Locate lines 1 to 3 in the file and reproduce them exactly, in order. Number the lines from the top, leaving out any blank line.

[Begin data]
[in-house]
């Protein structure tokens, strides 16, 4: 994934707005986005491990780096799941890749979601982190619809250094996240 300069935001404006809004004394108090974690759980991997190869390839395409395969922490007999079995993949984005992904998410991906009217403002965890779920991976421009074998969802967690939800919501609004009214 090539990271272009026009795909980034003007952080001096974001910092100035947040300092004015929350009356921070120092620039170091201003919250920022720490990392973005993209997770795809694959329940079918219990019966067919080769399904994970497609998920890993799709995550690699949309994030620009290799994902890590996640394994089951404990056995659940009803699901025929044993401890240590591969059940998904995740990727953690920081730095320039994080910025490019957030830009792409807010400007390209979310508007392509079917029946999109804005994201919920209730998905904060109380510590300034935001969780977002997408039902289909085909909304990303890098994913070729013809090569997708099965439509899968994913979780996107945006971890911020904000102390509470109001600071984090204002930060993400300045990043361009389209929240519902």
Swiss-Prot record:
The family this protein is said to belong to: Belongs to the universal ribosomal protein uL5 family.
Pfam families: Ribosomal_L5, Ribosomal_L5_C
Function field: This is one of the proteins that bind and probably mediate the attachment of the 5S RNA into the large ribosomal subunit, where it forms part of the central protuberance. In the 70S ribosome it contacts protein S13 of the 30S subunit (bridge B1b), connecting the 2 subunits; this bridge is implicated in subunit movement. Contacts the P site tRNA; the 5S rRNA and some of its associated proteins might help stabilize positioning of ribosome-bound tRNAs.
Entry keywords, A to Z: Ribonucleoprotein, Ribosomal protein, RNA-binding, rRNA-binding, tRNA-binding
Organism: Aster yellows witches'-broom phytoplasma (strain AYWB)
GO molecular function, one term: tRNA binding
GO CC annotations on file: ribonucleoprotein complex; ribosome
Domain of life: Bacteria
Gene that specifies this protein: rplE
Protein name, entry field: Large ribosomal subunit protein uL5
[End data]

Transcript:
[in-house]
């Protein structure tokens, strides 16, 4: 994934707005986005491990780096799941890749979601982190619809250094996240 300069935001404006809004004394108090974690759980991997190869390839395409395969922490007999079995993949984005992904998410991906009217403002965890779920991976421009074998969802967690939800919501609004009214 090539990271272009026009795909980034003007952080001096974001910092100035947040300092004015929350009356921070120092620039170091201003919250920022720490990392973005993209997770795809694959329940079918219990019966067919080769399904994970497609998920890993799709995550690699949309994030620009290799994902890590996640394994089951404990056995659940009803699901025929044993401890240590591969059940998904995740990727953690920081730095320039994080910025490019957030830009792409807010400007390209979310508007392509079917029946999109804005994201919920209730998905904060109380510590300034935001969780977002997408039902289909085909909304990303890098994913070729013809090569997708099965439509899968994913979780996107945006971890911020904000102390509470109001600071984090204002930060993400300045990043361009389209929240519902």
Swiss-Prot record: